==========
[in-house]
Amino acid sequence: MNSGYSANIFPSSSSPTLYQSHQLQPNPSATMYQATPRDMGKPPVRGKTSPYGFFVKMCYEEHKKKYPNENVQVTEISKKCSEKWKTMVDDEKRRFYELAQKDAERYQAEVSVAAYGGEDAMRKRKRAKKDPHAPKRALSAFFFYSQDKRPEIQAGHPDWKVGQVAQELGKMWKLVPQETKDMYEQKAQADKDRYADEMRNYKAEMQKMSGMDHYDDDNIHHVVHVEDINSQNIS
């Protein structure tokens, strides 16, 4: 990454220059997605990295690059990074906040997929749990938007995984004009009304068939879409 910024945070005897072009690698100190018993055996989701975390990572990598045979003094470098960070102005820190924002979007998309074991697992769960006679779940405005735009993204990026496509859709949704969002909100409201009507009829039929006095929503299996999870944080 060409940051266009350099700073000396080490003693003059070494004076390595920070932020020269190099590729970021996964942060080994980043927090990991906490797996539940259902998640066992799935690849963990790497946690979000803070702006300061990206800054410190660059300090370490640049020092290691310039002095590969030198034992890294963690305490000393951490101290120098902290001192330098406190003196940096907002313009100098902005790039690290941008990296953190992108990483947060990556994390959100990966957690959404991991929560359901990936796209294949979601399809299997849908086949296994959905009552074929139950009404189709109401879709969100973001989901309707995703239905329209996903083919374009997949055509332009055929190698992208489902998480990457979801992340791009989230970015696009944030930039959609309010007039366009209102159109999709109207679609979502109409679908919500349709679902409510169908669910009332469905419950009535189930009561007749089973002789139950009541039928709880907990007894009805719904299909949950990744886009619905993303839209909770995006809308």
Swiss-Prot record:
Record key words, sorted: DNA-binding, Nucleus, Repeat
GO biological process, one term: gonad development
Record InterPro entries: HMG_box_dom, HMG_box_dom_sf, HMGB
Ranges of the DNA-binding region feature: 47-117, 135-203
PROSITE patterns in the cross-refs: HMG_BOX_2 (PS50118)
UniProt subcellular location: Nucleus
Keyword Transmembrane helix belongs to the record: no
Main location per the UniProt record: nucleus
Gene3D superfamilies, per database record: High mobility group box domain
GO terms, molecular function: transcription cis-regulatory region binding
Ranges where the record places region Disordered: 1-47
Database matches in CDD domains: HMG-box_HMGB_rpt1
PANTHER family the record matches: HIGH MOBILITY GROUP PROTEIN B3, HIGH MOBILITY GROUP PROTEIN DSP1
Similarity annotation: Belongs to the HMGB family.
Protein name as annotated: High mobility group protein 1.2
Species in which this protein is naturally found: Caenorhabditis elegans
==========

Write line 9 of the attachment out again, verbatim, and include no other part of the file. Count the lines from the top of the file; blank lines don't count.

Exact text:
PROSITE patterns in the cross-refs: HMG_BOX_2 (PS50118)